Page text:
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Wedding invite bans breastfeeding 'in front of our family and friends'

A Texas mom-of-two was furious when she received a note demanding she breastfeed her 3-month-old in the bathroom at a friends' wedding.
/ Source: TODAY Contributor

The story of a Texas mom-of-two who was prohibited from breastfeeding publicly at a wedding is going viral this week, after she shared a meme about the incident on Facebook.

Ceara LaFrance says her husband, Justin, was asked to be the best man in the wedding, which took place on September 17, during her second pregnancy.

This meme, created by Ceara LaFrance, has gone viral after being uploaded to the Facebook pages of several breastfeeding support groups.
This meme, created by Ceara LaFrance, has gone viral after being uploaded to the Facebook pages of several breastfeeding support groups.Ceara LaFrance

"The groom told my husband that I wasn't going to be allowed to nurse at his wedding back when I was pregnant," said LaFrance. "But I said I was going to nurse wherever — I know the laws and I know the laws protect me. I know I can nurse wherever I'm allowed to be."

When the LaFrances, who had since welcomed their second daughter into the world, received their formal wedding invitation in the mail, they were shocked to find a note included, explaining that breastfeeding mothers would be asked to only feed their babies in a bathroom during the wedding festivities.

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"To all our mommies who are breastfeeding," the note read. "We are sensitive to the fact that you may need to breastfeed during our event, therefore we have designated an appropriate place for you to feed your baby so that you do not have to do so in public in front of our family and friends."

LaFrance says while the note angered her initially, she wanted to be sensitive to the bride and groom's wishes and ensure their day went smoothly. After deliberating over how to handle the situation, LaFrance decided to leave her daughters, Kendall, 2, and Lachlyn, 3 months, in the care of friends and family during the wedding.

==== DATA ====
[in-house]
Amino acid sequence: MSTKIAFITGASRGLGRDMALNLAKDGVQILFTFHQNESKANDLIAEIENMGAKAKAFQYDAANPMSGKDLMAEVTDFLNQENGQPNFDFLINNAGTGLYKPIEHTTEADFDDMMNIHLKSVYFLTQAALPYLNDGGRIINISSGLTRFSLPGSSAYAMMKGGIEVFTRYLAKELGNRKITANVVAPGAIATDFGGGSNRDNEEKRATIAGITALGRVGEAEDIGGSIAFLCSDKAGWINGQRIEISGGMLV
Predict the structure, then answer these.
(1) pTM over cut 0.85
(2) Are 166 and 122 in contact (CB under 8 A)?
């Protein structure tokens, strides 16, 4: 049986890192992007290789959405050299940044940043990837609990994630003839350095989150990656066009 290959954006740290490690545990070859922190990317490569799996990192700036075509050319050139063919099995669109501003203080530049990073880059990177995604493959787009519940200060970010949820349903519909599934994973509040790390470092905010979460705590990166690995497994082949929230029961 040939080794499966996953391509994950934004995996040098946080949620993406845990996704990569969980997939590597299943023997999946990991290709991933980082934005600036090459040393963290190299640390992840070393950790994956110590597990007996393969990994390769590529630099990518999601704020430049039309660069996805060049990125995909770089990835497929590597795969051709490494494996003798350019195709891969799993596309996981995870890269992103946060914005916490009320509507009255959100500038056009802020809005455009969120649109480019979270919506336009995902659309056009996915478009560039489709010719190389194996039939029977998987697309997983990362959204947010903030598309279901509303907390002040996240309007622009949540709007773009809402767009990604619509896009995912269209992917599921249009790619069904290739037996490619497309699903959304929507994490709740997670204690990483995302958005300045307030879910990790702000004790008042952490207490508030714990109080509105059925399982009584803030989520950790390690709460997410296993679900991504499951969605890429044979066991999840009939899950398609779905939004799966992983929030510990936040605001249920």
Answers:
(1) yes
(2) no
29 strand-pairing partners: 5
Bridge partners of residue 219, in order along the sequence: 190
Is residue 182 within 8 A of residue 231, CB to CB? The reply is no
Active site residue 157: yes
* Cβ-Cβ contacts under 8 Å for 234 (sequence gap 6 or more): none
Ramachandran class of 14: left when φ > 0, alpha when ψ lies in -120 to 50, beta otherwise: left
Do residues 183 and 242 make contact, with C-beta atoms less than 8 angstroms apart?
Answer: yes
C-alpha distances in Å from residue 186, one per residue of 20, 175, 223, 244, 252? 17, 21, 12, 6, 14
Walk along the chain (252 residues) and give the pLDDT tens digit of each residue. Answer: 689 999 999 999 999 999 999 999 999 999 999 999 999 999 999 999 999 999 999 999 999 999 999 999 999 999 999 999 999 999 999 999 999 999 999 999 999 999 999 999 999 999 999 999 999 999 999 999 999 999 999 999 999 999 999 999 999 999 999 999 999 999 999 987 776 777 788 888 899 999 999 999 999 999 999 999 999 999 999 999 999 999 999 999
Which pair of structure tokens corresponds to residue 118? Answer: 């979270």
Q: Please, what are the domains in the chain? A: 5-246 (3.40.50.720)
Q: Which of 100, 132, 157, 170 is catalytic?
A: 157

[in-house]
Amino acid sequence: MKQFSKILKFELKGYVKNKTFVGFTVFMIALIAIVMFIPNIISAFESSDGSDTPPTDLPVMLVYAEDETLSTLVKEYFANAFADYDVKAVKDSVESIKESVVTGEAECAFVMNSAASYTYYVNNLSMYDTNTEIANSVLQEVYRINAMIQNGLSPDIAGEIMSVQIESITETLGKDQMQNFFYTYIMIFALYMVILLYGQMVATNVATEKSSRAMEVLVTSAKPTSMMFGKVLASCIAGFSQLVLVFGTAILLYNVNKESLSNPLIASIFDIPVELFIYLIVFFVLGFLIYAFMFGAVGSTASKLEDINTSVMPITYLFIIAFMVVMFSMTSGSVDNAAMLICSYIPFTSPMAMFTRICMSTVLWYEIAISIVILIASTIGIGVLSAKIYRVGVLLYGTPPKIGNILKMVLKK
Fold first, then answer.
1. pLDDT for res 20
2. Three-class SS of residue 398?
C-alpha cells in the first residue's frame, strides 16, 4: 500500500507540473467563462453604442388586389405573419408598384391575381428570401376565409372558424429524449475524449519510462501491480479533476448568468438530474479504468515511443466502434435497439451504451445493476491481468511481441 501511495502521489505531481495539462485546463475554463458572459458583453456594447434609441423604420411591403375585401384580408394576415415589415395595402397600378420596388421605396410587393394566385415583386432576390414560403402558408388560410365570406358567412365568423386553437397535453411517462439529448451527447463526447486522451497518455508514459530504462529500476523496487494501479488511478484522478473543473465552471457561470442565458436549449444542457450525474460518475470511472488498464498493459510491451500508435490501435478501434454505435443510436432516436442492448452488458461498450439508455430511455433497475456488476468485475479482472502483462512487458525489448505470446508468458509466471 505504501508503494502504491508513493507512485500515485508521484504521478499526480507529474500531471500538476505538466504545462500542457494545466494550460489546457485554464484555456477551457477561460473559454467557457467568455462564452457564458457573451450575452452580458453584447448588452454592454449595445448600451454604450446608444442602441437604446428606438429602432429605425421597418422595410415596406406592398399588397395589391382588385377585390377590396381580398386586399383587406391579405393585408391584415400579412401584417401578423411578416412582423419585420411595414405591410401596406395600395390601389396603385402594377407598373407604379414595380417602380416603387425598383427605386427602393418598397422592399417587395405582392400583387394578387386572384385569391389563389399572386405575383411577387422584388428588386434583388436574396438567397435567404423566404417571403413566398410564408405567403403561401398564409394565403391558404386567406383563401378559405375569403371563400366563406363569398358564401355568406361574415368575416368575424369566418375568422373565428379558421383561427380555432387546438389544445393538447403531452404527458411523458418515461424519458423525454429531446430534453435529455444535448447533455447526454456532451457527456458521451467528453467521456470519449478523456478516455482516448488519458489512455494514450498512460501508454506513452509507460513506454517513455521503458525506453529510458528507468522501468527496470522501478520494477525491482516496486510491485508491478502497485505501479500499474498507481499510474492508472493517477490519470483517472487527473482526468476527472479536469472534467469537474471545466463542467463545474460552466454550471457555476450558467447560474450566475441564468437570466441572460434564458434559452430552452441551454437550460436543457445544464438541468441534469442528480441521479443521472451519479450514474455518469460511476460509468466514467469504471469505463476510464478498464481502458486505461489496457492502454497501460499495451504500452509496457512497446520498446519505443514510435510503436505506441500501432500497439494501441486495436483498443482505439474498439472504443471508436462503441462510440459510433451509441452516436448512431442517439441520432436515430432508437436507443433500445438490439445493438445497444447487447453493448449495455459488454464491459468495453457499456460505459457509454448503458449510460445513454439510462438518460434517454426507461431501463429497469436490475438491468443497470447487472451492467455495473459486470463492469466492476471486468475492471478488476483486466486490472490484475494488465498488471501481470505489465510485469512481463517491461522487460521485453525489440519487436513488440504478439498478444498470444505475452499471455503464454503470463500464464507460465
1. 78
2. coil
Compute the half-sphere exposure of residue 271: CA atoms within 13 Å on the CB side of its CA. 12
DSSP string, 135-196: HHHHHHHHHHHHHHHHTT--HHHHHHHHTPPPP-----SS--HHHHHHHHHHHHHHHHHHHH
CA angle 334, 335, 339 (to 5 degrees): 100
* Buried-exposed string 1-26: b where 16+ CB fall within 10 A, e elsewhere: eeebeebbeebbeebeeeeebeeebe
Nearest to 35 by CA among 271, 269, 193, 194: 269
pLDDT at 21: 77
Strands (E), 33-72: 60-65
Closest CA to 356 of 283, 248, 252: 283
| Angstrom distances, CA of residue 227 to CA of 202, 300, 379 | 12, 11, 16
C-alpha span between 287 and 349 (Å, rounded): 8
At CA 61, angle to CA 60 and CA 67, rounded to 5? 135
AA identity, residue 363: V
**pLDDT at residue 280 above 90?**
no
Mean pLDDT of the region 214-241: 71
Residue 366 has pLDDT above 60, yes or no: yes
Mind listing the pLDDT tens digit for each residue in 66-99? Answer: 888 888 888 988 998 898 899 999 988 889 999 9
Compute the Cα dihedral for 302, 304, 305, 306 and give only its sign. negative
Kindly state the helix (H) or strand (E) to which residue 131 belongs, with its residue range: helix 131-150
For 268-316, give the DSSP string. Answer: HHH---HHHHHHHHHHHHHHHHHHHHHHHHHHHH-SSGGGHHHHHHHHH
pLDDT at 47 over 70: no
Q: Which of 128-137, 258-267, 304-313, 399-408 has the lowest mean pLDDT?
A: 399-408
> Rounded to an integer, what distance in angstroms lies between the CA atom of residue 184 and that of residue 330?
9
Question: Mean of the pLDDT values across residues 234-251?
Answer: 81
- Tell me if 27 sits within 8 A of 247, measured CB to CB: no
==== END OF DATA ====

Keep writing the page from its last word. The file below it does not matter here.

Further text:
Ceara and Justin LaFrance at the wedding in question.
Ceara and Justin LaFrance at the wedding in question.Ceara LaFrance

"I had a pretty good time at the wedding, but I did get emotional a few times because it was the first time I'd been away from my baby for more than an hour," said LaFrance. "I tried to brush everything off and enjoy myself, but then I went into the bathroom and saw that the 'breastfeeding area' was nothing more than chairs set up outside of bathroom stalls with a basket of baby blankets."

LaFrance says she was furious at the scene, but out of respect for the bride and groom, whom she does not wish to identify, she carried on with her evening.

"At that point, this wasn't related to the wedding at all," said LaFrance. "We don't eat in the bathroom — why should we feed babies in the bathroom? And there were baby blankets to cover up with — so not only do you want me to go to a different room to breastfeed, but you also want me to cover up in that room?"

Justin LaFrance with the couple's two daughters, Kendall, 2, and Lachlyn, 3 months.
Justin LaFrance with the couple's two daughters, Kendall, 2, and Lachlyn, 3 months.Ceara LaFrance

At the urging of friends, LaFrance created a meme showing a photo of the bathroom nursing station along with the note from the bride and groom.

"We don't eat in bathrooms and neither should babies," the meme read.

Kristy Kemp is an administrator for Breastfeeding Mama Talk, a Facebook site designed to support nursing moms. Kemp says she shared the image on her page as a sign of support for all moms who have been discriminated against for public nursing.

"Breastfeeding moms are not the ones making breastfeeding a big deal," said Kemp. "If a mom ever experiences something like this, they should fight it because this kind of treatment is not acceptable."

For LaFrance, who currently breastfeeds both of her daughters, her message is less about the wedding invitation and more about the need for women to support one another.

"I did not want this all to be directed towards the bride and groom," LaFrance explained. "I wanted the message to be, 'Look — why is this still happening in 2017? Why are we still shaming breastfeeding moms?'"